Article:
In a recent case, the Delhi High Court convicted and sentenced a minor boy on the charges of raping a sixteen- year old girl thereby attracting the relevant provisions of the Indian Penal Code (IPC), 1860 and the Prevention of Children from Sexual Offences Act (POCSO), 2012.

In the case of Manoj v. State, the Appellant must have been barely seventeen years old at the time when the offence took place. However, neither in the Trial Court, nor before this Hon’ble Court did he take the plea of being a minor.

Due to the absence of any pleading contending minority on the part of the Appellant, the Trial Court had found him guilty and awarded him with a punishment of ten years of imprisonment.

However, during the Appeal, in light of the fact of the Appellant being a minor at the time of the commission of the crime, the Court modified the sentence to seven years of rigorous punishment instead of the ten years as awarded by the Trial Court.

The Juvenile Justice Act, 2015 considers rape as a ‘heinous punishment’ punishable with seven years of rigorous punishment. In accordance with this Act, when such heinous offences are committed by children above the age of sixteen years as on the date of the commission of the offence, a Juvenile Justice Board is supposed to conduct preliminary assessment of the child in question, pertaining to his mental and physical capacity of being able to commit an offence of such nature and the ability of the child to comprehend the consequences of the offence that have allegedly been committed by him. If the findings of the Board are such that it requires for the child to be tried as an adult, then he is tried in the Children’s Court.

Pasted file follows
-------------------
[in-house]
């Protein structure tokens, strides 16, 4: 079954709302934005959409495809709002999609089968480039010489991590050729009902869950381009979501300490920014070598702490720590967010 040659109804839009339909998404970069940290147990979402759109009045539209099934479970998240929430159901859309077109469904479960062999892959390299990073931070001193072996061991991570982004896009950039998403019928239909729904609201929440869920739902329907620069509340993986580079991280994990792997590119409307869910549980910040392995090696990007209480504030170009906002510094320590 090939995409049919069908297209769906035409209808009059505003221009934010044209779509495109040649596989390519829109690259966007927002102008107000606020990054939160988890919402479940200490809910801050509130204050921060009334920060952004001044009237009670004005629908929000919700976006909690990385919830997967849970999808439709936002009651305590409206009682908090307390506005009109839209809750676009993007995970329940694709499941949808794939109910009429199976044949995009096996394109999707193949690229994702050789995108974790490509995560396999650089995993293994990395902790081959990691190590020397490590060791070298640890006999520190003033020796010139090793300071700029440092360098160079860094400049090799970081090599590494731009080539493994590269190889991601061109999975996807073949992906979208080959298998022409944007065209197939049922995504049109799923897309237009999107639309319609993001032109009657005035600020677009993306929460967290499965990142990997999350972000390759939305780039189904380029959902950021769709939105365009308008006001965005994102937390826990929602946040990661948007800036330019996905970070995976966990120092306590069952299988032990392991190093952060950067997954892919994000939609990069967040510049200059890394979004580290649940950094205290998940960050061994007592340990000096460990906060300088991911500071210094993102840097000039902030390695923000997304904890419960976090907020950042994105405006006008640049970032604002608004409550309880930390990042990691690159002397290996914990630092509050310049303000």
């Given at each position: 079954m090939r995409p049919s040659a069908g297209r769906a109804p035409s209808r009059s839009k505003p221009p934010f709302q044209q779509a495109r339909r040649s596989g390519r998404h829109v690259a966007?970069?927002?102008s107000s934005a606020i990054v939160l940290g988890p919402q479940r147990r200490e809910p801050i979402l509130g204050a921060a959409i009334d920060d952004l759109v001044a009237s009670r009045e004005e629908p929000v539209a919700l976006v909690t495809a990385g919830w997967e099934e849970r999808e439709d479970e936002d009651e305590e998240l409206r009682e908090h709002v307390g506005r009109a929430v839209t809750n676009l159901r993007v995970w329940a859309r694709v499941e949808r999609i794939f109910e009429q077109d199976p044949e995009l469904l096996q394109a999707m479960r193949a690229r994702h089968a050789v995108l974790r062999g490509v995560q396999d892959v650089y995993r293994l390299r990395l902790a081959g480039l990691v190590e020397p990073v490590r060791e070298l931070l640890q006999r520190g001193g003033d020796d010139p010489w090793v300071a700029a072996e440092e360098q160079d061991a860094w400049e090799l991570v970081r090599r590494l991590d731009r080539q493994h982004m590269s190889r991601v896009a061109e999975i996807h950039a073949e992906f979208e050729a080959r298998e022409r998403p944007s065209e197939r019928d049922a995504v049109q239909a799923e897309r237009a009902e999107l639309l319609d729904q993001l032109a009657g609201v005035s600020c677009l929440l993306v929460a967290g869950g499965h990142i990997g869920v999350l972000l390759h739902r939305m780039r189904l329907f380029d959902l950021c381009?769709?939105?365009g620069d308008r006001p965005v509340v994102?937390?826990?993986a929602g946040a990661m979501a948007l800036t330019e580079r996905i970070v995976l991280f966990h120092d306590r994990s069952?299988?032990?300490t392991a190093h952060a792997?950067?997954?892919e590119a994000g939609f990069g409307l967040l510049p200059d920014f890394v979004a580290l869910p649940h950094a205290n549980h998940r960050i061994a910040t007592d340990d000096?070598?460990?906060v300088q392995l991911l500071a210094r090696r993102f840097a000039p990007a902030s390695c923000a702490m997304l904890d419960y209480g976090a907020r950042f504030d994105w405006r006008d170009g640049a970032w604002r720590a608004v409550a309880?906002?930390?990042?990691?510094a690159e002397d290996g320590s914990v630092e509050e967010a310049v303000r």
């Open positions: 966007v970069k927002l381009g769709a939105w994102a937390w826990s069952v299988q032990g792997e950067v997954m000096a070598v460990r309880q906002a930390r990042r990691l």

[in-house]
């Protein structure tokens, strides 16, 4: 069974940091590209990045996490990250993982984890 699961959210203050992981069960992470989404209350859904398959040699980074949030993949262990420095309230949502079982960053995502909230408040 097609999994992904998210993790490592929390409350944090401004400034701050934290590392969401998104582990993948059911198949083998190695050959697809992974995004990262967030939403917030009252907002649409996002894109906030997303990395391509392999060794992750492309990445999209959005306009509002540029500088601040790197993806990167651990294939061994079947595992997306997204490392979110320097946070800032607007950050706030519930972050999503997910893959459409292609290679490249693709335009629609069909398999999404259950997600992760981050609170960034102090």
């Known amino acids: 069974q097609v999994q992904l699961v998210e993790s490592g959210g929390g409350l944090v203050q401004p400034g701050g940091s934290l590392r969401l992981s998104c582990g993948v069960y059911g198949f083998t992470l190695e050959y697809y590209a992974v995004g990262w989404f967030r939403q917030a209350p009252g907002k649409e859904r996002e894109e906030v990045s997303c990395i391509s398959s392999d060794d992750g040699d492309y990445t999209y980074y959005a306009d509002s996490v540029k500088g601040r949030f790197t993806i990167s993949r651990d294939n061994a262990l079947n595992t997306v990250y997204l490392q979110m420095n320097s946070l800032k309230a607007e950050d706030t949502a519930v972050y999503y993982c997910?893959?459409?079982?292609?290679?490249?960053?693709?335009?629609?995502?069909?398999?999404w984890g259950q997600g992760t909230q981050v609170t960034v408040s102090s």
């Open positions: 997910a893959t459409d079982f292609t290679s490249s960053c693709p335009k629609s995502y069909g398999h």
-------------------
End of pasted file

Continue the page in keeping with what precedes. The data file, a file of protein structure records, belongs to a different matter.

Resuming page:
During the analysis of the details of the case and the evidence brought to light, it was observed that the Prosecution’s case was not entirely reliable. It was found that the testimony of the prosecutrix was not rock solid and there was no evidence as such of her having suffered any physical injury during the incident. But, since she was a minor, her consent was, in any case, immaterial and the accused was held to be without a doubt, guilty of rape.

The Court held that the fact that whether the Prosecutrix was a minor at the time of the incidence, or if the Appellant had sexual intercourse with her, resulting in her getting pregnant was never in question. Therefore, it was clearly established that the Appellant was guilty of the offence under 376 of IPC. In addition to this, the Court also held that taking into consideration the facts of the case along with the age of the Appellant added together with the fact that he had no previous criminal records, the Court considered it appropriate to award him the minimum sentence. As a consequence, Justice Vibhu Bakhru sentenced him to undergo seven years of imprisonment which is the minimum punishment stipulated under IPC and POCSO.

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Link to judgment: Manoj v. State